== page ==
What exactly is remote work?
May 29, 2018
Remote work is growing rapidly
People and companies all around the world are realizing that there are significant benefits of working remotely. Different people choose remote work for different reasons, but the common denominator is that removing the geographical boundaries of work empowers you to pursue the things that matter to you. For some, this means being close to their family or being able to travel without restrictions. For others, the reasons are more pragmatic – you can find a better paid, more rewarding job if you do not limit your job search to the boundaries of your city.
Despite the obvious benefits of working remotely, there are often mixed opinions about remote work. Most people would say that working remotely is amazing, it increases their productivity and happiness (e.g. this infographic). Still, you can find people who say that remote work is awful for them because they feel too isolated without the social interaction of the office environment. Both of those perspectives are equally true – so the key is to find what’s the reality for you. This depends on you as a person, on the workplace you’re joining and the way you integrate remote work in your life.
Definition of remote work
When it comes to defining remote work, one could easily get confused. The most frequent mistake is to put remote work and freelancing together. Although freelancing is also done distantly from the rest of the team, its nature makes it very different from remote work. When you are a freelancer, you have to find small projects at different companies and you’re paid on deliverables. On the other hand, when you have a remote job – it is a full-time position with the benefits that you would expect at a traditional job (predictable monthly salary, healthcare insurance, paid holiday etc.). The only difference between remote jobs and traditional jobs is that you are not required to work from the same place as the rest of the team.
Another frequent mistake when defining remote work is to see it as black and white. You are either fully remote or not. The reality is that you can find a remote job at a company where everyone works remotely (e.g. Zapier, Buffer, Automattic), or at a company where only some people work remotely (e.g. Amazon, Etsy, Product Hunt). Similarly, working remotely does not mean that your teammates will be on the other end of the world – some companies even hire remote employees only from within their country/state, to make it easier to meet. This is because it’s normal for remote teams to meet physically once in a while. It’s more typical at remote companies to allow extreme flexibility in the working hours, but it’s not necessarily the case.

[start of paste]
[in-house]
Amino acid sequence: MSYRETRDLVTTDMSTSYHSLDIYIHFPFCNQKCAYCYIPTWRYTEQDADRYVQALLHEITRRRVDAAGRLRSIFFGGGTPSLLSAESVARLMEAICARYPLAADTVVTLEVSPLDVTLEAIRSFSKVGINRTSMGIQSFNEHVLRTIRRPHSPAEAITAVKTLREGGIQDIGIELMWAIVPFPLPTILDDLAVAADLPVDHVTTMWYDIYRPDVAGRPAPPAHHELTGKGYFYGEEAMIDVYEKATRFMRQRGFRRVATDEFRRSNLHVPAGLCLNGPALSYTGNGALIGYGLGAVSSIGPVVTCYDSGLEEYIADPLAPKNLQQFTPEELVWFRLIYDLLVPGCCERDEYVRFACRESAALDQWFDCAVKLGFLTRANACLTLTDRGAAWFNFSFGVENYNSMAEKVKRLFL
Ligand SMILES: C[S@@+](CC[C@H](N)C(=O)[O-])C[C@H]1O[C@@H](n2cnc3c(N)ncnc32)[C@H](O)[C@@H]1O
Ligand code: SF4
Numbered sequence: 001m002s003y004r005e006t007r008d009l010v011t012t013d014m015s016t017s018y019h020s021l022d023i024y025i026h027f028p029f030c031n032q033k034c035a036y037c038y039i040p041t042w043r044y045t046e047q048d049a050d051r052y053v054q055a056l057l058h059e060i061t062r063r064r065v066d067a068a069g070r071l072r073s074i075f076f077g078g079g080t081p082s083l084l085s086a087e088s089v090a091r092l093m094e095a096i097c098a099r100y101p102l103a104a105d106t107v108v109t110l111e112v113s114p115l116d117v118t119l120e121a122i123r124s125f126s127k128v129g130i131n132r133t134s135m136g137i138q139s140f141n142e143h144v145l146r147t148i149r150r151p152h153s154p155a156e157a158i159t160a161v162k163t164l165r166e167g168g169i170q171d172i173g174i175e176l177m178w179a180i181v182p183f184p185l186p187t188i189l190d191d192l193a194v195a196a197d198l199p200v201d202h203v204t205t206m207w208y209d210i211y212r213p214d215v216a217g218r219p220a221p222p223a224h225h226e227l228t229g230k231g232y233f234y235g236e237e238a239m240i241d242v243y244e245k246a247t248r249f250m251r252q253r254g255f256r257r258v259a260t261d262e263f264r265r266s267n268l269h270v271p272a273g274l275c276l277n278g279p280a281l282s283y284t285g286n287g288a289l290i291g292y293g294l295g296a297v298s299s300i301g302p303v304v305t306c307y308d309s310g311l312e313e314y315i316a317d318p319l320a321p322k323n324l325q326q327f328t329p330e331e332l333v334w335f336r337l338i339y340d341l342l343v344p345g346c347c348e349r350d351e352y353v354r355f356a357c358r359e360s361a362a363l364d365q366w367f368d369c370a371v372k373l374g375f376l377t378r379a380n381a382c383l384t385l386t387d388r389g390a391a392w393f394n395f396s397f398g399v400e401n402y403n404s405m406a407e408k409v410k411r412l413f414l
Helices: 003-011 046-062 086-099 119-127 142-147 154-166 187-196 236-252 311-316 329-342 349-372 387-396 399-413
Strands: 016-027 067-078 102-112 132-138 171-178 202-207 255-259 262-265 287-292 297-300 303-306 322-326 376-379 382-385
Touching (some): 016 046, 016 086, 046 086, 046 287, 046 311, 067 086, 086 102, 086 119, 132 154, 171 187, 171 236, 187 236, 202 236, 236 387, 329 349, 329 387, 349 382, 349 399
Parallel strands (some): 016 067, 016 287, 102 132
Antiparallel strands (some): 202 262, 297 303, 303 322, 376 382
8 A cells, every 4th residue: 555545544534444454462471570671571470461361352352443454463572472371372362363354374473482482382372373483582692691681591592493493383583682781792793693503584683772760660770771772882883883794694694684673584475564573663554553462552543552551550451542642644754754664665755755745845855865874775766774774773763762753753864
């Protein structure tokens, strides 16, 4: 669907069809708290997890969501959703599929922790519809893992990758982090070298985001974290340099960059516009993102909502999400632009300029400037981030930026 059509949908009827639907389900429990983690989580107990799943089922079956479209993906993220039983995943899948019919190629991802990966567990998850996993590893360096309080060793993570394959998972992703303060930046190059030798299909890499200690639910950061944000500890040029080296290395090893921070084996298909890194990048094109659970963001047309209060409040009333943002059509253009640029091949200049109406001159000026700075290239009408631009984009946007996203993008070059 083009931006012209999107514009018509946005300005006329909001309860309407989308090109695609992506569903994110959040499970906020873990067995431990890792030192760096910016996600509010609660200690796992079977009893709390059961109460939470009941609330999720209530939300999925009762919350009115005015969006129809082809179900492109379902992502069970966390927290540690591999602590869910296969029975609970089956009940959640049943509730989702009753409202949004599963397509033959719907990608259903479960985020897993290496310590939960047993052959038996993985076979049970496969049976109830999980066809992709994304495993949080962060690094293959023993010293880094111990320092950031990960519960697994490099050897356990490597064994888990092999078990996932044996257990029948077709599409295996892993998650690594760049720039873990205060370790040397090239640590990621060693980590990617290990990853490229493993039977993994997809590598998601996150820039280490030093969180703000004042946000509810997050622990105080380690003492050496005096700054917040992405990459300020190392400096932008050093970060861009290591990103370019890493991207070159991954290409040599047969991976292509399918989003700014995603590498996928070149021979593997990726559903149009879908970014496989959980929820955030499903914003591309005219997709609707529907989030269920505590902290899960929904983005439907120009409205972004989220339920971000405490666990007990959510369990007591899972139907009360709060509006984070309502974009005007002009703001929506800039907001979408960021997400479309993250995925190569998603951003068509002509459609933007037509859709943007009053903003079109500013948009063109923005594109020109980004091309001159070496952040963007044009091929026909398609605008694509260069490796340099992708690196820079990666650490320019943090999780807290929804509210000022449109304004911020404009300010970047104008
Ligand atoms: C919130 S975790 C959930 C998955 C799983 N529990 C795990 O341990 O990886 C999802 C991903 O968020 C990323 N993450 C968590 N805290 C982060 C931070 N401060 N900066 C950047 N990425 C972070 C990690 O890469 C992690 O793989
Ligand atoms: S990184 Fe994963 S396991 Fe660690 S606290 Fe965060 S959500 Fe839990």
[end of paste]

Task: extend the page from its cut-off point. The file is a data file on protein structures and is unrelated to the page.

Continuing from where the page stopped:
Bonus section: History of remote work
Interestingly, remote work was first introduced decades before the Internet. Remote work was introduced in the ’70s by an engineer at NASA, Jack Nilles. He introduced his concept of home-based work, which was the alternative of the office-based work. He was so passionate about the benefits of working remotely for both companies and employees that he predicted: in 10 to 20 years everyone will work remotely. This, of course, did not happen. The mass adoption of remote work had to wait for the advancement of technologies (Internet, Slack, Skype, Basecamp etc.) and advancement of business processes (downloading Skype doesn’t make you good at working in a remote team).
The foundation for remote work was first laid by smaller, forward-looking companies that wanted to experiment with the available technologies. It didn’t take much time for the big companies (such as AT&T, American Express, and IBM) to largely adopt a remote work approach. For IBM, for example, the benefits were many: the financial gains are estimated to be $1.9 billion, not to mention the improvement in employee satisfaction (e.g. Harvard Business Review article). After those big names gave their stamp of approval, remote work started to grow even faster.
More recently, the financial crisis of 2008 accelerated the switch towards remote work. In the crisis years, remote work was a way for companies to save costs from office space and to hire talent outside of the cities with highest salaries. Although remote work is still quite a new phenomenon, it’s now something that people are familiar with and they know it’s out there. This will only continue as the number of remote jobs is growing at 8% per year (as reported by Quartz).
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A blog managed by Boris Borisov. I'm a co-founder of RemoteMore. I believe that remote work is the future. As a person, I want to be part of the solution - and that's why I'm building RemoteMore. Our challenge is to bring remote work to the mainstream and we need your help. You should follow us on Twitter.